How coordinated must the folks managing the DB be with those managing the software that uses it?



    Really, only once they are more loosely coupled can IT resources be shifted.

    So in broad summary:
    * If you are going to the cloud but not cloud-native: probably little reduction in IT staff
    * If you are going cloud-native in a private cloud: probably little reduction in IT staff, but roles change and efficiencies can be achieved.
    * If you are going cloud-native and to a public cloud: you could offload some of the IT responsibilities to the cloud provider. (Even here it’s not a given - need to be deliberate to achieve such things).

    Thanks again for the question and dialog. Super fun!
    1 month ago
    Hi Paul.

    There are many - I'll name but a few here.
  • Using sticky sessions: Sticky sessions encourage the load balancer to route multiple requests to the same application instance and it's a pattern we used for a long time in web applications. And it worked okay when we had application instances that stayed alive for extended periods of time. But these days, app instances (most often running in containers) live much shorter lives and the chances of an instance being there from one user request to their next goes down significantly. I cover sticky sessions in some depth in section 5.3.
  • Putting application configurations into property files. "What?!?!" you say? "Aren't property files a best practice? It's better than hard coding in the code!" - Yes, property files ARE a best practice, but because they are often compiled into the binary, that means a config change requires a new build. This causes all sorts of downstream production deploy problems. Instead of putting the values in the property file, I suggest using it (the prop file) to list the variables that need to be bound and using a configuration server to manage the values. I cover this in a great deal of depth in chapter 6.
  • Assuming because they have multiple instances of an app and have deployed to a platform like Kubernetes that their app will work through a rolling upgrade. Have a look at the example on credential rotation in sections 7.2 and 7.3 (the chapter on application lifecycle - I cover rolling upgrades and blue/green upgrades in there).


  • There are many more covered in the book.

    Cornelia
    1 month ago
    Another great question Jorge! You are pointing out that it's quite important to be able to have a cloud-native environment in even the most local settings. By cloud native environment, I mean one that allows the developer to test out things like whether their multiple instances of an app actually act as a single logical unit, whether you are using the service discovery protocol correctly, and so on. If you were just running a single instance of some web service you created and testing via unit tests, for example, you aren't going to exercise that path.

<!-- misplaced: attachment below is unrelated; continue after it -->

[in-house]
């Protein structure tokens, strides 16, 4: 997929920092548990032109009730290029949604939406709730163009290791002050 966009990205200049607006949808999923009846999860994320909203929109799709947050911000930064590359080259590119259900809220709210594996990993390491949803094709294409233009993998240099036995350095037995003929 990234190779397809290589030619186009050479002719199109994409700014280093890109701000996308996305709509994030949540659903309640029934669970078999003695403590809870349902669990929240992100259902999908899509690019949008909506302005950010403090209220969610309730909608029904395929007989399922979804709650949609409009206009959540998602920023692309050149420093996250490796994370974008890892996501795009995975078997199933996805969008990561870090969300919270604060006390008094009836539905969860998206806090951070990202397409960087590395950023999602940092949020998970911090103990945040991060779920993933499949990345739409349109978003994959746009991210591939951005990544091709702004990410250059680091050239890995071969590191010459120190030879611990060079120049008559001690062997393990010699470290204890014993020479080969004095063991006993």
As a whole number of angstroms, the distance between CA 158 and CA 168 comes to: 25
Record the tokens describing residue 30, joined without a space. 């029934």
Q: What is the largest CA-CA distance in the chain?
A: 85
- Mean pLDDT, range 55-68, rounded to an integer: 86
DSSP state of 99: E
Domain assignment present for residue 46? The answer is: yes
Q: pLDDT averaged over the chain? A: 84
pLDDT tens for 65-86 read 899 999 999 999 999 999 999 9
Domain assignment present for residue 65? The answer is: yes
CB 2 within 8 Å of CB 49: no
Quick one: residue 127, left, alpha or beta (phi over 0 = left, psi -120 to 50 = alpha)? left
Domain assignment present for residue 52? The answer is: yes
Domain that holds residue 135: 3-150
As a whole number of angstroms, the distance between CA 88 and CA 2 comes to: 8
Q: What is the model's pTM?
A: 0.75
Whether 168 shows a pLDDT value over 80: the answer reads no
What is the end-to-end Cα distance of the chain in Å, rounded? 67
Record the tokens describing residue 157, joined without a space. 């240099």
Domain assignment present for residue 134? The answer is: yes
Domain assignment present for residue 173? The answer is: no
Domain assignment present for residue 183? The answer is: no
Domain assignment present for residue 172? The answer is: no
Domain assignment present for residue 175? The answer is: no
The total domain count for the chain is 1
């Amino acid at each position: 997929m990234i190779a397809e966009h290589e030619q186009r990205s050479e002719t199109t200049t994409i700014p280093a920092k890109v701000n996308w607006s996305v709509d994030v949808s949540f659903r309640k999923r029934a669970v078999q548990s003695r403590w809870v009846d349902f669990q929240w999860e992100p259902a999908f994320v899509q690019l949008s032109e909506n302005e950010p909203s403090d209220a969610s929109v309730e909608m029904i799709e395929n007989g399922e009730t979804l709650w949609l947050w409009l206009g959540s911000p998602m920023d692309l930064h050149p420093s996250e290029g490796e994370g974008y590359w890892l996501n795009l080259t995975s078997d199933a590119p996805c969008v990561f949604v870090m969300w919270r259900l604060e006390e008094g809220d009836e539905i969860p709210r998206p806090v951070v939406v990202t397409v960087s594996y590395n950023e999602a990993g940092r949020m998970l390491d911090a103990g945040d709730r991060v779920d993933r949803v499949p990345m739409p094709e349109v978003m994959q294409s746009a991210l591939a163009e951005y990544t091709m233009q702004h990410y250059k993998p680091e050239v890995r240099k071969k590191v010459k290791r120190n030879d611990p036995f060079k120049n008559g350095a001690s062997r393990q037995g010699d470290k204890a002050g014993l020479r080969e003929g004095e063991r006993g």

Part of the reason that I ended up using Kubernetes as the vehicle for demonstrating the patterns is precisely because it is easy to get running locally. Most of the examples do, in fact, run locally (except when I do a simulation of some cascading failures in chapters 9, 10 and 11) and I step you through using Minikube. This requires something like Virtualbox) and runs K8s in a VM. Since starting the book, another local option for Kubernetes has gained traction - Kind which stands for Kubernetes in docker. Either option will work well.
    1 month ago
    Hi Jorge,

    The patterns are very intentionally agnostic of any particular platform. In fact, I go over the patterns whether the developer is responsible for implementing them or should be looking to a platform to find an implementation thereof. It's super important for the developer to understand the patterns whether they have to implement them or not, because an understanding is critical to know how they should be leveraged.

    Chapter 3 is all about platforms though, and how they provide a huge leg up on realizing some of the patterns I teach. But because the book is not about platforms in particular, I do not have any type of a formal listing showing what platforms provide implementation of what patterns.

    All of that said, I do have my readers deploy to a platform and while it's a good guess that I would do Cloud Foundry, and initially I planned to do that, you'll see that I use Kubernetes. :-)

    Thanks for the great question - you honed right in on one of the points I really hope my readers will get.

    Cornelia
    1 month ago
    Thank you all and very happy to spend the week here.

    No question is too simple. And I will do my very best on the hard ones!! Send 'em all on!!!

    Cornelia
    1 month ago

    Ganesh Patekar wrote:Welcome to CodeRanch and congratulations for new book.



    Thank you Ganesh. So glad to be here!
    1 month ago